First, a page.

During a July 12, 2016, hearing, the House Subcommittee on Financial Institutions and Consumer Credit examined the opportunities and challenges related to financial technology, or FinTech. The focus of the hearing was to provide subcommittee members the opportunity to assess the development of online marketplace lending and how online lenders and banks interact. The hearing also examined the current regulatory structure and recent policy developments.
The witnesses appearing before the panel represented the FinTech industry, banking stakeholders, consumer advocacy groups, and the legal community.
Growing attention. In his opening statement, Subcommittee Chairman Randy Neugebauer (R-Texas) noted, "Over the last year, we have seen growing attention paid to this market by federal regulators, the media, and other market participants. For example, the Office of the Comptroller of the Currency and the Treasury Department have considered the appropriate federal regulatory framework for these lenders. One proposal being considered would offer a limited-national banking charter that could provide operational efficiency and regulatory clarity."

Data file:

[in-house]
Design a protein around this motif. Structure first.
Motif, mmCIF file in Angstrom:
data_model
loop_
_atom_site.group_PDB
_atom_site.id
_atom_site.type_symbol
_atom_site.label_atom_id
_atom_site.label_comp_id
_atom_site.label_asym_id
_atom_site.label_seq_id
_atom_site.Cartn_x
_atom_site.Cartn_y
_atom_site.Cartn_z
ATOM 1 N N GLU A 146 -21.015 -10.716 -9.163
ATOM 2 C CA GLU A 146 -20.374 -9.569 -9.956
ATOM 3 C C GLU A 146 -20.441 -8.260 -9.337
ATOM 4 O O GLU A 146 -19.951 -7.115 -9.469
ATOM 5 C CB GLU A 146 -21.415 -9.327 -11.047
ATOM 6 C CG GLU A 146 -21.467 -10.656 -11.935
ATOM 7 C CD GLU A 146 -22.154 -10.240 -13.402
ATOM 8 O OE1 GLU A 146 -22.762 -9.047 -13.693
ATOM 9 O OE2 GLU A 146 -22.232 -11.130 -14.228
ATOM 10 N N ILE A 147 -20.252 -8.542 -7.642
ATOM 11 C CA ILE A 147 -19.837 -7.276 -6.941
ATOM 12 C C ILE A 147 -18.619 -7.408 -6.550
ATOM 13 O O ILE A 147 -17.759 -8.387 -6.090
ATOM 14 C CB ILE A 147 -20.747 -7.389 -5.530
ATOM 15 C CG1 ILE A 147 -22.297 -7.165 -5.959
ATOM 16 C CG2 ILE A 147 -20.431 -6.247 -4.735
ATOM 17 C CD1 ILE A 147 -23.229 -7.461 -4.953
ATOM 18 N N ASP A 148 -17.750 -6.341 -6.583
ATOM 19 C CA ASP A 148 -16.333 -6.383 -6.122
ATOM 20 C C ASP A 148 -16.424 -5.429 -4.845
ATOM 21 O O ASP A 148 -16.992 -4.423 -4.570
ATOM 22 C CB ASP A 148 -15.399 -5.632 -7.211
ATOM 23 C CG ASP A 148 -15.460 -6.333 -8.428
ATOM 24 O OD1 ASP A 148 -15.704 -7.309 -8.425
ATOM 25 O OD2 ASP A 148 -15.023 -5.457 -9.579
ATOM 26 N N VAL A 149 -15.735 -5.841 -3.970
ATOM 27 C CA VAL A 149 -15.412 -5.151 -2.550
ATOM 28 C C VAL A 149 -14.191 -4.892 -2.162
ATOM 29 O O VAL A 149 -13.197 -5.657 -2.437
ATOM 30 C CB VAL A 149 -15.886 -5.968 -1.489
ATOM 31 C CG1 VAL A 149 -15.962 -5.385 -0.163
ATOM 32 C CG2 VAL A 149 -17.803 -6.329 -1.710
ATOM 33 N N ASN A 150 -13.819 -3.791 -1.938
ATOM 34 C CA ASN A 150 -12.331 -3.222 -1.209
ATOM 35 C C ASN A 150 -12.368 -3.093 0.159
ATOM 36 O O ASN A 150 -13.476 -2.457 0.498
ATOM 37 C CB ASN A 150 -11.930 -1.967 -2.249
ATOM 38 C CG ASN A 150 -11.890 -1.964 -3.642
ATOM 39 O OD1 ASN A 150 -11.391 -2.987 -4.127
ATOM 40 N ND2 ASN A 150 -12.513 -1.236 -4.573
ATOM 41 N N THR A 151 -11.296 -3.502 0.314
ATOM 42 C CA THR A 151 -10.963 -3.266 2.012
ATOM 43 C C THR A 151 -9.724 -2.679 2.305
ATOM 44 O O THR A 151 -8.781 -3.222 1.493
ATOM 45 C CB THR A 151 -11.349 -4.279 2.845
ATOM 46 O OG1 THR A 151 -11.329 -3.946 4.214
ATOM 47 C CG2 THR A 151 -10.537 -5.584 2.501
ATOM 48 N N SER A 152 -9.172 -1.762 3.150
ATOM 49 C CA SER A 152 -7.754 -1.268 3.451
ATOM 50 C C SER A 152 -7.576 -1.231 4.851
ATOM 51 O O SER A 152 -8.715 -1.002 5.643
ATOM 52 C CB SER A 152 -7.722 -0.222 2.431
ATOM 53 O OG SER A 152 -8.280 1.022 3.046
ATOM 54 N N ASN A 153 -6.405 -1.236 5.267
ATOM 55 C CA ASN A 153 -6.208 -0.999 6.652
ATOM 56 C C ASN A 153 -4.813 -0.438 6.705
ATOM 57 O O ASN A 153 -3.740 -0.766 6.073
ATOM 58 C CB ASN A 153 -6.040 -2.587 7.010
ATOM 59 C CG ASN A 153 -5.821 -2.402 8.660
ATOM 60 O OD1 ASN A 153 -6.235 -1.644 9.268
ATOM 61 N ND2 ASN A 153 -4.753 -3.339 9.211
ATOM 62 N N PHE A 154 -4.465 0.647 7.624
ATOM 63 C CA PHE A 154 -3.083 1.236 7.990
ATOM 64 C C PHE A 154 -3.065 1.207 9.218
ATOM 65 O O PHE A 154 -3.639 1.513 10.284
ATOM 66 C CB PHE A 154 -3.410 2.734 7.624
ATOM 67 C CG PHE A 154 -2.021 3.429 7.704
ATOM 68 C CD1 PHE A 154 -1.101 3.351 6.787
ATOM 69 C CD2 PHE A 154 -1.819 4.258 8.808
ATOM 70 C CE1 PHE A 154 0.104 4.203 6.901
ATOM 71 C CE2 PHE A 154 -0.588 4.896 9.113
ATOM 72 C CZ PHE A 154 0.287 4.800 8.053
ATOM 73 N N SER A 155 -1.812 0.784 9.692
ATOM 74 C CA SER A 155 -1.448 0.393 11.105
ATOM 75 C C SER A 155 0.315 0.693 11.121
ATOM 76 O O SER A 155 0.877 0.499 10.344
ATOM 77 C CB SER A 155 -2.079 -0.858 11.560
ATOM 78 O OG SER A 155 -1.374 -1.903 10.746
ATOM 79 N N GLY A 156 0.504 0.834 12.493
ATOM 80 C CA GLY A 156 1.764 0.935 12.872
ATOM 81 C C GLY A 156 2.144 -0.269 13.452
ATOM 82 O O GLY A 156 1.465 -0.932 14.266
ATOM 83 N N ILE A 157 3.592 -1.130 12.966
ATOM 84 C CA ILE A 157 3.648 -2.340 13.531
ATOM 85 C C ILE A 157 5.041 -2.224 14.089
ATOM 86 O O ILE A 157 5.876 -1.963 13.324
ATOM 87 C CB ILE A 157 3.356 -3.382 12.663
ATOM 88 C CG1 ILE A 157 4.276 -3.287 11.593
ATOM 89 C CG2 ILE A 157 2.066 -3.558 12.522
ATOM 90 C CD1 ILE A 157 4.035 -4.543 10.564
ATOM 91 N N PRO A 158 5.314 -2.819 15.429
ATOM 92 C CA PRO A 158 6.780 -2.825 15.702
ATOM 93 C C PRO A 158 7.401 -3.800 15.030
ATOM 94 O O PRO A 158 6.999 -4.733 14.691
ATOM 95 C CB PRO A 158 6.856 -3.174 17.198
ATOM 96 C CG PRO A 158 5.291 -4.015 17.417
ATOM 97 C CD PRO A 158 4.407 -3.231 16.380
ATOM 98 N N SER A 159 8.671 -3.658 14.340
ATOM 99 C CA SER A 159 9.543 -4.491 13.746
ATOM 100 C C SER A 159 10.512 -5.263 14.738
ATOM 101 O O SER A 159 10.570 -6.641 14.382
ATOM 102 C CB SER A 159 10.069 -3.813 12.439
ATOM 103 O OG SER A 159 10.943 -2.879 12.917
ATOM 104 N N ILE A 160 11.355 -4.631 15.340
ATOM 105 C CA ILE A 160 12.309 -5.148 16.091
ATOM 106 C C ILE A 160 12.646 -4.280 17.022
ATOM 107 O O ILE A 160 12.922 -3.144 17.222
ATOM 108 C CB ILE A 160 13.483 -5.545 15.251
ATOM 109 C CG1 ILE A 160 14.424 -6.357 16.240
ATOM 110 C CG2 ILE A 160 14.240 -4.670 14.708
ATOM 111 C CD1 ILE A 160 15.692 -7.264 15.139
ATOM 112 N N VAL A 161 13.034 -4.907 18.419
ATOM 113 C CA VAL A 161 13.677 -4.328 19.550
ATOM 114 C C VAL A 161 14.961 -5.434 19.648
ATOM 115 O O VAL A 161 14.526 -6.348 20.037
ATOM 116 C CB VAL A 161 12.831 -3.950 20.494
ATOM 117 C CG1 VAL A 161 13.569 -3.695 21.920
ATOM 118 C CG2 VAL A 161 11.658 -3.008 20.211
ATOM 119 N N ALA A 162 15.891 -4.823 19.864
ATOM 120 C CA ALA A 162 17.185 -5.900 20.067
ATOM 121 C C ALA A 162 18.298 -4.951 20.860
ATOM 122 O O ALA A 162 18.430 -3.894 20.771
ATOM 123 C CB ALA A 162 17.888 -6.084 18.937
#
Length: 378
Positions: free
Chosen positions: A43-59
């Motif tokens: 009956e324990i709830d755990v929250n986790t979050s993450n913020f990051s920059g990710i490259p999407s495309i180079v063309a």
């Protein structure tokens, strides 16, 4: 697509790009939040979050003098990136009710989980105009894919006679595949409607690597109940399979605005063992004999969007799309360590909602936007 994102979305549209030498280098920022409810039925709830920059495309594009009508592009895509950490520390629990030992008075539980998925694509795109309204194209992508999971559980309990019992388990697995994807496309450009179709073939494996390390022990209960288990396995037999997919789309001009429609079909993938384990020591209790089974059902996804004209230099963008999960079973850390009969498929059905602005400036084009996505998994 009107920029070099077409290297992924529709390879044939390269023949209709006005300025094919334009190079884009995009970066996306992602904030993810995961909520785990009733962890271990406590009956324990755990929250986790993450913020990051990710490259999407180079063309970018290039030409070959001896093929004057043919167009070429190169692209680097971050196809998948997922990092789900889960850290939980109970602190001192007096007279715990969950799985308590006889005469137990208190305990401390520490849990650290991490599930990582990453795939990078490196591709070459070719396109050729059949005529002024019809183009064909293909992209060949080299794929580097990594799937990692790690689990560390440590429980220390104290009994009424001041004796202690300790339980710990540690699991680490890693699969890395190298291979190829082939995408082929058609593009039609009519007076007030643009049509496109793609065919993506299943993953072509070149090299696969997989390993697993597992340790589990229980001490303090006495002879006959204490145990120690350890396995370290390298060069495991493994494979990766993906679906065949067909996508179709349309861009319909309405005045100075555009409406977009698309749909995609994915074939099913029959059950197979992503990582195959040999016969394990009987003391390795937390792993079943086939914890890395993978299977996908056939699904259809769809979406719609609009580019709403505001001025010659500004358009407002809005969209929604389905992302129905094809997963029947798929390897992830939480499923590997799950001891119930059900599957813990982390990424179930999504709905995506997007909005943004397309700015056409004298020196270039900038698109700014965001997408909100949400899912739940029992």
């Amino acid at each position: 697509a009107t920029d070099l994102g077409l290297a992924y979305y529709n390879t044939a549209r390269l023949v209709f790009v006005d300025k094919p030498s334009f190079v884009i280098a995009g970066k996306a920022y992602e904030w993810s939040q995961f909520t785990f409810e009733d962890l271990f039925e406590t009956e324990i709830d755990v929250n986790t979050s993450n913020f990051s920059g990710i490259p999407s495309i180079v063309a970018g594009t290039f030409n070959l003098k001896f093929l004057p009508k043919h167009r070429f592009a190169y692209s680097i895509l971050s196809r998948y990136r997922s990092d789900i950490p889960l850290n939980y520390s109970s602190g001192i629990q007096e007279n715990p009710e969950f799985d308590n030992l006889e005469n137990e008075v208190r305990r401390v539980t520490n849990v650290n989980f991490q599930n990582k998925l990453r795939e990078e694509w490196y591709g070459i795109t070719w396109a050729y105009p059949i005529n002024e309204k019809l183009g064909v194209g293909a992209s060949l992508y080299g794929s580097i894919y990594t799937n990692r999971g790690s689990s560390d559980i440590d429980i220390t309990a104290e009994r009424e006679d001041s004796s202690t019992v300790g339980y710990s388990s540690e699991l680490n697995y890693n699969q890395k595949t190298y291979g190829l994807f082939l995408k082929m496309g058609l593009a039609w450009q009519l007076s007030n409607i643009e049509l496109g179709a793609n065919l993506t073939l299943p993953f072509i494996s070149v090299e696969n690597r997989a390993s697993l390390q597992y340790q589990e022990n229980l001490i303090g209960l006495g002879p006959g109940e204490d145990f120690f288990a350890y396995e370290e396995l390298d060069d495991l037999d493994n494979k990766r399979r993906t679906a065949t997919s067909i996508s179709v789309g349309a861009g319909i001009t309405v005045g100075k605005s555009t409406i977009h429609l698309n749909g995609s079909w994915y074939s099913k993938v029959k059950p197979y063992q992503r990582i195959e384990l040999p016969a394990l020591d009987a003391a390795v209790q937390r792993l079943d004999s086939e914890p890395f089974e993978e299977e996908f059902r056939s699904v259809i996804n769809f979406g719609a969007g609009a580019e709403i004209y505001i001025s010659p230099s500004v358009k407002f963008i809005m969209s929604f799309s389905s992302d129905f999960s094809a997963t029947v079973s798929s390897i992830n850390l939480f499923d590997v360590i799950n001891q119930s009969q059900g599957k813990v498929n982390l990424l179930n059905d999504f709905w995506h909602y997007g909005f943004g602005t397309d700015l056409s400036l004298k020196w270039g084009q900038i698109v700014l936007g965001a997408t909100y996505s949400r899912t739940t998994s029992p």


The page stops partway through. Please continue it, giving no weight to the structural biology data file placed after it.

He added, "Banks have grappled with questions surrounding competitiveness and partnership. Some have been quick to point to an uneven regulatory structure, while others have embraced the opportunity to partner with lenders to leverage their technology and consumer reach." He said he and was "hopeful that our community financial institutions will benefit most from these technological advancements and partnerships."
Neugebauer concluded, "Today, I hope members walk away with a better understanding of the market, its participants, and where we are headed."
Regulatory initiatives. The OCC initiative alluded to by Neugebauer was the agency’s March 2016 white paper entitled "Supporting Responsible Innovation in the Federal Banking System: An OCC Perspective," which discussed the principles that will guide the development of the agency’s framework for evaluating new and innovative financial products and services (see Banking and Finance Law Daily, March 31, 2016).
In its May 2016 white paper, "Opportunities and Challenges in Online Marketplace Lending," the Treasury Department provided an overview of the evolving market landscape, reviewed stakeholder opinions, and provided policy recommendations. The white paper also acknowledged the benefits and risks associated with online marketplace lending and highlighted certain best practices applicable to both established and emerging market participants (see Banking and Finance Law Daily, May 10, 2016).